Methane SIBO (small intestinal bacterial overgrowth) is a term used for SIBO diagnosed through a positive methane breath test. It is often associated with constipation.
While SIBO involves excessive bacterial growth in the small intestine causing digestive symptoms, the term ‘Methane SIBO’ is actually misleading as it refers to an overgrowth of methane-producing archaea.
Arachaea are a micro-organism similar to bacteria that naturally make up part of our gut microbiome (1).
Methane SIBO is also referred to as intestinal methanogen (meaning methane producing) overgrowth (2).
In this article we will explore Methane SIBO in depth, including its underlying causes, symptoms, diagnostic methods, and potential treatment strategies.
Throughout this post we will be referring to methane SIBO as methane SIBO.
What causes Methane SIBO?
Methane SIBO is caused by an overgrowth of archae in the small bowel.
The archaea most commonly seen in methane SIBO are known as Methanobrevibacter smithii.
These archaea utilise hydrogen produced by other gut bacteria and convert it into methane gas (2).
Currently, there is limited research to show what causes this methane SIBO to occur (3).
- Being elderly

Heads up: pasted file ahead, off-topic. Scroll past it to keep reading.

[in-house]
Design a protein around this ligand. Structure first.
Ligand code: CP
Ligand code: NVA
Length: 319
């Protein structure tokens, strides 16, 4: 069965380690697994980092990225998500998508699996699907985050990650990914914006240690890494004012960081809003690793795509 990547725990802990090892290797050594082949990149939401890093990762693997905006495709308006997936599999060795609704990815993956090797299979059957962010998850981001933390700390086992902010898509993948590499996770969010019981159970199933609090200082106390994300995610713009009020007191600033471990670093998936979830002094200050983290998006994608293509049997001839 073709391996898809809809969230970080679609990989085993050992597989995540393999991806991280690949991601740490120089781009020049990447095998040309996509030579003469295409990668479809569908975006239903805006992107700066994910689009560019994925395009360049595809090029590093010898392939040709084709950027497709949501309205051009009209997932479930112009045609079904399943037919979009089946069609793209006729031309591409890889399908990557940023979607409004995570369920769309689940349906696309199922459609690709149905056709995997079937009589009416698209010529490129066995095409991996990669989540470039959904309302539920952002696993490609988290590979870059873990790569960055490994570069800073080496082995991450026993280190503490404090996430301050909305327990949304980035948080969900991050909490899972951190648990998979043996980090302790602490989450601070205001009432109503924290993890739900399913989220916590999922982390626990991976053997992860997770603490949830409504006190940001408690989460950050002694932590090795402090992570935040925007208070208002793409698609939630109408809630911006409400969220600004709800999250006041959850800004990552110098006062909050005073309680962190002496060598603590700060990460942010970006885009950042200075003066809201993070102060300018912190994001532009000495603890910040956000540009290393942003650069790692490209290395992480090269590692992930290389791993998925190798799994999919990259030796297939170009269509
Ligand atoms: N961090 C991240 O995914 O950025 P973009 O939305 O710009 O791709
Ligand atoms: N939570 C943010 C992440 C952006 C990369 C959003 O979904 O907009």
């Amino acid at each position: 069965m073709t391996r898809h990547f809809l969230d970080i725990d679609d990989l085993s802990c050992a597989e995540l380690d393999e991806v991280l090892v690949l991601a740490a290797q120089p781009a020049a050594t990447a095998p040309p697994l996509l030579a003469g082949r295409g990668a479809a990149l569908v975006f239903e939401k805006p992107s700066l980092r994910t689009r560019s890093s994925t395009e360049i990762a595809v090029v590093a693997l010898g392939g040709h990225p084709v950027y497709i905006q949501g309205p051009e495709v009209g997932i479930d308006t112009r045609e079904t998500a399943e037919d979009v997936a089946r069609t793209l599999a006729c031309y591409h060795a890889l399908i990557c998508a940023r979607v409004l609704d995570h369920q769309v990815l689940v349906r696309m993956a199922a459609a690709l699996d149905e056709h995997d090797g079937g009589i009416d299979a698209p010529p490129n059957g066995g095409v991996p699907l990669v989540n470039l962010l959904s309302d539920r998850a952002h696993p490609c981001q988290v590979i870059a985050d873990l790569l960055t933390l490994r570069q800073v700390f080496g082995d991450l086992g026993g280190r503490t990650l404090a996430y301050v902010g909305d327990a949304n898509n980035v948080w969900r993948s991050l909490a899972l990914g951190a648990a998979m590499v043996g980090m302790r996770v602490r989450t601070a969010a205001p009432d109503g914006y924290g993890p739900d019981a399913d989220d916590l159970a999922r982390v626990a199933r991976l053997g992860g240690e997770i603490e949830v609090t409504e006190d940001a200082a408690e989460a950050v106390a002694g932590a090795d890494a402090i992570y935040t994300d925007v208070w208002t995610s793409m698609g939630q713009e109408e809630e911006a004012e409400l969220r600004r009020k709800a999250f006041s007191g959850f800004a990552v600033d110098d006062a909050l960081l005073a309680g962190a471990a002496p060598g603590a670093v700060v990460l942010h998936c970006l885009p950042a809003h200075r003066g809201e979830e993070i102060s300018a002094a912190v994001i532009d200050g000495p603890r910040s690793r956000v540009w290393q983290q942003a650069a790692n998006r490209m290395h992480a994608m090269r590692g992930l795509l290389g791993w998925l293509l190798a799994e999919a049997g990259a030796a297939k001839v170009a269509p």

- Anorexia nervosa (a form of eating disorder)
- Constipation dominant IBS (IBS-C)
Although studies have shown that IBS-C is related to Methane SIBO, it remains unclear as to whether Methane SIBO causes IBS-C or if IBS-C causes Methane SIBO (4).
In anorexia nervosa, the body may increase the number of archaea in the gut as a way to extract more nutrients from the limited food intake (5).
What are the symptoms of Methane SIBO?
Below we will explore the common symptoms and why you may experience these.
If you have Methane SIBO, you may experience these symptoms:
- Abdominal pain
Methane SIBO is particularly strongly associated with constipation. Methane produced by the archaea impacts the muscles in the intestines by reducing their ability to contract. This can lead to slower bowel motility (6).